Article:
The first step you should take toward making a will?
Contact a Nebraska lawyer with experience in writing wills.
You need to make some decisions, such as choosing your beneficiaries, deciding on a personal representative (also known as an executor), deciding who should be guardian of your minor children, and choosing who gets what after you die.
You may think that your income, assets, and bank accounts don’t warrant the creation of a will. But are you really willing to give up the control you have over the distribution of your assets, no matter how small, or the ability to say who will care for your minor children?
In Nebraska, your assets will be distributed, no matter how much (or how little) you own. That distribution can be via your own will or trust, or through the drawn-out Nebraska intestate (dying without a will) probate process. And the intestate probate process, in addition to being expensive, takes none of your wishes into account.
With the rise of crowdsourcing websites, GoFundMe has made a name for itself by helping people in need raise money for medical bills and similar expenses.
While that is certainly a noble cause, it is important to remember that this type of site is not a replacement for insurance…or being careful.
What happens when parents don’t teach their kids how to handle money? Something like this…
Charles was a sharp kid. He was popular at school and enrolled in gifted classes. He was a varsity member of the football team and had a dreamboat beauty of a girlfriend. He was creative and wrote sketches and short plays for theater class. He played guitar and wrote songs and was a genuinely kind person. A Renaissance man. He was the kind of kid that teachers and older relatives and friends’ parents were all excited to see where life was going to take him.
Brain hemorrhage. Stroke. Spinal injury. There are a variety of sudden impacts to the brain that could occur in mere seconds, either from an unforeseen impact like a car accident or natural causes. In many instances, the sufferer is rendered comatose, unable to communicate to medical staff and loved ones, and ultimately helpless in the decisions being made concerning his own life.
We provide you with the following hypothetical scenario…
Robert was nearing 80 years old. He recently had a health scare battling pneumonia and, as a result, figured his beloved brown poodle, appropriately named Cocoa, would outlive him. Robert had spent his working years running a successful auto parts franchise and was quite comfortable financially. He had lost touch with his only child, a son named Darren, and Cocoa was the most important individual in his world. After the near-death experience, he decided to contact his lawyer about including Cocoa in his will.
The old joke is that wherever there’s a will, there’s a relative. But what is estate planning? Who needs to do it? What are the benefits of planning your estate (or not doing so)?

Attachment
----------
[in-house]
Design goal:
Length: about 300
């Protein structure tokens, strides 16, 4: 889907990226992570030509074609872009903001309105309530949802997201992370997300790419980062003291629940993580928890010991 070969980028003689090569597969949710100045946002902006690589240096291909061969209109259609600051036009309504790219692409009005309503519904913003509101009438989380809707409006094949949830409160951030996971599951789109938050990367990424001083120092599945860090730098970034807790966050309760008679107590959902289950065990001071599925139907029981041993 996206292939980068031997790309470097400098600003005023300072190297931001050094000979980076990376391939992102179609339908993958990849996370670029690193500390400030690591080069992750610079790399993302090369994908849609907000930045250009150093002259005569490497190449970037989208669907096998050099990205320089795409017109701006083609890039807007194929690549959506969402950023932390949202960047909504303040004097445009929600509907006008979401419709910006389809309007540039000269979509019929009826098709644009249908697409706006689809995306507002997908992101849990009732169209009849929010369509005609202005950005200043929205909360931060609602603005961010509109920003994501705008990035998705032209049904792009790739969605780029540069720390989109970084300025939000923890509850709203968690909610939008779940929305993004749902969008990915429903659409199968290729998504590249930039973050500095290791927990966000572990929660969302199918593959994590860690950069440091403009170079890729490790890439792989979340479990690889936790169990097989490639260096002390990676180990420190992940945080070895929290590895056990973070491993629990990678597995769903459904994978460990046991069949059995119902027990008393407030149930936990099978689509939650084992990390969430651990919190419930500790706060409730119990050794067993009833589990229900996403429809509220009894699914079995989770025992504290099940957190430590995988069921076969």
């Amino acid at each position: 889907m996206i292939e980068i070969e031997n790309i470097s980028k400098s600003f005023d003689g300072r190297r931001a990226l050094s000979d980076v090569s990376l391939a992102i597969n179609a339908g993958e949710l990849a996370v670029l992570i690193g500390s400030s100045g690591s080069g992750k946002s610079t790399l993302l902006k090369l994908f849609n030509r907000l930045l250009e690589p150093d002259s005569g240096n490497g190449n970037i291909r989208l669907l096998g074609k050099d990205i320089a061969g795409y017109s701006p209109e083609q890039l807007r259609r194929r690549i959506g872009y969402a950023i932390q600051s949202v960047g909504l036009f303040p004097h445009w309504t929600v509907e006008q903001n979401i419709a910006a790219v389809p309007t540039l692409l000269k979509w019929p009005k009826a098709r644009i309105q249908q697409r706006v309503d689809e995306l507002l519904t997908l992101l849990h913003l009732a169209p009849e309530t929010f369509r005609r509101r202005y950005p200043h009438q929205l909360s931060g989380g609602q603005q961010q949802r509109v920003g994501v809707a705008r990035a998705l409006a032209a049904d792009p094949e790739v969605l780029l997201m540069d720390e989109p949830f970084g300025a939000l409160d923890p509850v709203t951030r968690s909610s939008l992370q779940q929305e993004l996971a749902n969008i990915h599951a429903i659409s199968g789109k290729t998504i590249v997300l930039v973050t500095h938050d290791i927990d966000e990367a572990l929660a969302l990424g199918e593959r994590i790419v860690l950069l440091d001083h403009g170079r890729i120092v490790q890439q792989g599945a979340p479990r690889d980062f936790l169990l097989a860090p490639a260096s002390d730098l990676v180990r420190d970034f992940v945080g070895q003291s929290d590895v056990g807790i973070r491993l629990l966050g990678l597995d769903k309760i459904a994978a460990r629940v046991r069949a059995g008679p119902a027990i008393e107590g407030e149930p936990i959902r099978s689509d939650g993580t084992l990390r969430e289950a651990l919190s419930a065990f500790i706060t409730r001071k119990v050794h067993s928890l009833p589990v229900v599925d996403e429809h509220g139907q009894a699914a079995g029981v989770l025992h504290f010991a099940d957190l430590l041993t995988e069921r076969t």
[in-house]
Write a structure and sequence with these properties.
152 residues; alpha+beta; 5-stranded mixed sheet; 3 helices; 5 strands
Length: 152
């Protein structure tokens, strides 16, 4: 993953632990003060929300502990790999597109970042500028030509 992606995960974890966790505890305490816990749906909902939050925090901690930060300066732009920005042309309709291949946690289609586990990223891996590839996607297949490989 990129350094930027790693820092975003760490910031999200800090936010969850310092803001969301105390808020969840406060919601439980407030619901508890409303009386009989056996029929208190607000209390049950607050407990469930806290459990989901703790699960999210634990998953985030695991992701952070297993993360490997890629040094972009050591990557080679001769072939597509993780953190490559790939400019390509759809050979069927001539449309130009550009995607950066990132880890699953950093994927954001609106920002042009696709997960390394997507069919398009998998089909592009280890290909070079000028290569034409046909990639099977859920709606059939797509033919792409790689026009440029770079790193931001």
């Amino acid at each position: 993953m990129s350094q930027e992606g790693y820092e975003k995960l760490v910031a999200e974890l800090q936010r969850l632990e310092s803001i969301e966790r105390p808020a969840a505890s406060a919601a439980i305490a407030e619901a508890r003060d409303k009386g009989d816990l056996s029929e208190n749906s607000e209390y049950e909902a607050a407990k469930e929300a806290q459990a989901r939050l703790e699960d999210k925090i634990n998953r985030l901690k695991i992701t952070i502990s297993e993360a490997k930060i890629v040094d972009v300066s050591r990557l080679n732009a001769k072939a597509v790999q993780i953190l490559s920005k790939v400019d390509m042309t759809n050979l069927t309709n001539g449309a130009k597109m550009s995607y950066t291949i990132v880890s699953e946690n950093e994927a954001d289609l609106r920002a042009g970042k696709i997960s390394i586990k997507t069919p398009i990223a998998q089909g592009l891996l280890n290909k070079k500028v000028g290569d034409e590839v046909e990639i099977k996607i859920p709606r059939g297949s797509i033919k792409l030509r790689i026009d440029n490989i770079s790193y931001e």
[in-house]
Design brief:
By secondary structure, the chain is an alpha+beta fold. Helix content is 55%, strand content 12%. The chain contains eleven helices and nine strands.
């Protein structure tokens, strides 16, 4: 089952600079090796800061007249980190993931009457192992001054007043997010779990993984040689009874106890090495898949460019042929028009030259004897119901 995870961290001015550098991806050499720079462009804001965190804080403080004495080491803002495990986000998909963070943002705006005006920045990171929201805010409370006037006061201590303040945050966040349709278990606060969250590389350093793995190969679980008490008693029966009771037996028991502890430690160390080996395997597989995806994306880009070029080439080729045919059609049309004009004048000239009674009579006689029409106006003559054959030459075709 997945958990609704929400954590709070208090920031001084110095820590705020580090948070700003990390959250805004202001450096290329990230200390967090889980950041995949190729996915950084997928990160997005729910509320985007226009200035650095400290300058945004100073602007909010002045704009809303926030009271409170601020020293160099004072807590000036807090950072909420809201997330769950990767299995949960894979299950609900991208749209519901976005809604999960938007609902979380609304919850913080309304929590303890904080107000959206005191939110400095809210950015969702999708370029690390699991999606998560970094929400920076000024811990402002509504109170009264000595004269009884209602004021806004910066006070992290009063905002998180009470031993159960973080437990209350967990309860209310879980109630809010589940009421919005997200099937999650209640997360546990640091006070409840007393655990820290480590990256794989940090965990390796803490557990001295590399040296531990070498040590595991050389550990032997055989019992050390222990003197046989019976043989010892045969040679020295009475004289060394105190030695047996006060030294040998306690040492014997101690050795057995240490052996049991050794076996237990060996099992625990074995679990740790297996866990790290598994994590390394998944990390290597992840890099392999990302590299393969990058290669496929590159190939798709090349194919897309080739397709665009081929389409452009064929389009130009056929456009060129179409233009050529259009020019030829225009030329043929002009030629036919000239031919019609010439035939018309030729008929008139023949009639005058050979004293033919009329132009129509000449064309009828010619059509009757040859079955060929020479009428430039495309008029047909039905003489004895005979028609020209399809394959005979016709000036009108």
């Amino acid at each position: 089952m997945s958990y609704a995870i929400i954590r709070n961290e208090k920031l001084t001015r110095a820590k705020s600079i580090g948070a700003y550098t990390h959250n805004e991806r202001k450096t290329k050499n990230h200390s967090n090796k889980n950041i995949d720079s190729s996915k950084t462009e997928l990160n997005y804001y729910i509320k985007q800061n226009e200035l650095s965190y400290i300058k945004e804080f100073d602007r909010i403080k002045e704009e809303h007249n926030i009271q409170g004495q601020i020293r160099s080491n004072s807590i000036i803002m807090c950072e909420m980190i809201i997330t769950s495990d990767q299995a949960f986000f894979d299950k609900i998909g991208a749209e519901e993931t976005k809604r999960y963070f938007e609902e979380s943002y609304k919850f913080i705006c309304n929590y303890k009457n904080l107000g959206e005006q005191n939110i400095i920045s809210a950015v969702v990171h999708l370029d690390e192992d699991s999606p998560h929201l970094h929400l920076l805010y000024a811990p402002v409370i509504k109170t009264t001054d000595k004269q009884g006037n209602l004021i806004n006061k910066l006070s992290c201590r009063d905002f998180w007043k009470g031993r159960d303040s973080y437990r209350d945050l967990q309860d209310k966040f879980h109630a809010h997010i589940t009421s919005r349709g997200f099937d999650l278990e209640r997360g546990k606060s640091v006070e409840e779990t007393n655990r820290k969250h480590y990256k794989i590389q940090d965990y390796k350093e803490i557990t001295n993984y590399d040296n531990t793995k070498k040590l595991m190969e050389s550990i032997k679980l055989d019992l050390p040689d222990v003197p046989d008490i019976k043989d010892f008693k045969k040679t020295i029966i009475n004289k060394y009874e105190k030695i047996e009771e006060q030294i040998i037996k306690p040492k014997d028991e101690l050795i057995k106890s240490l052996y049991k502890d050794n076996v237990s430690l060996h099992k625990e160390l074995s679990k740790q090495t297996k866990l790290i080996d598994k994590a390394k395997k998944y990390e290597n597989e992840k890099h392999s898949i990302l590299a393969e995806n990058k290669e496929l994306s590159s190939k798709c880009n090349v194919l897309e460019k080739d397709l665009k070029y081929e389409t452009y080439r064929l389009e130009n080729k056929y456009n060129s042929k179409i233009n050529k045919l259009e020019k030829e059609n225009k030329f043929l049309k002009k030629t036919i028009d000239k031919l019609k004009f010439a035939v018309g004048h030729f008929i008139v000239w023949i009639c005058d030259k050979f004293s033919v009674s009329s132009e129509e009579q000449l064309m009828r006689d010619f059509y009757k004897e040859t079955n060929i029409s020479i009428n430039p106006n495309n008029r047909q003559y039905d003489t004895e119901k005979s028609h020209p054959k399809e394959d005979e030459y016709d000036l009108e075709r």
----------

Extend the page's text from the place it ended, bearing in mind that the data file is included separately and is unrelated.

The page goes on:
The simple answer? A will says what happens to your stuff after you die, and it can also say who will care for your children. There is always a plan in place for the distribution of your assets after your death. It’s either the plan you create…or the plan that the State of Nebraska already has in place for you, without a care for your input or wishes. An estate plan can also provide for you while you are still living. For example, an estate plan can provide for healthcare decision-making in the event of your incapacity, financial decision making, and asset protection.
As a young adult starting out in your professional career, you may not have thought about life insurance, wills, and dividing your assets in the event of your passing—but you should!
Whether you have started a family, or are planning to one day, it’s a good idea to decide how you want to take care of your family. This includes setting up a plan for distributing your hard-earned money and possessions, and it also includes planning for any periods during which you might be disabled or otherwise unable to handle your own affairs. Make sure your loved ones are taken care of after you’re gone.
Here’s a cheerful thought: time is passing by us every day. While we (technically) age, many of us don’t “feel” the age our number of birthdays otherwise indicates.
Mortality isn’t something we care to think about. Whether because of fear, sentiment, or the belief that we are going to be here forever, many people haven’t taken the steps necessary to protect their life’s earnings or their families.
Truth is, everyone needs a will or estate plan. It doesn’t matter how big or small your estate might be—every estate needs a plan. And you’re never too young to have one.
You are your children’s best advocate. You know exactly how they like their sandwiches cut, what story they could listen to a thousand times a day, who their friends are, and how school is going. You are involved with your kids and only want the best for them. You are a responsible parent, so you plan educational trips and outings, manage the family finances, and carefully choose your babysitters and other childcare providers. But have you taken the time to put a plan in place in case something happens and you can no longer take care of yourself or your children?
Our legal team is ready to help. Please fill out the form below to set up a free consultation with attorney Jason Bottlinger.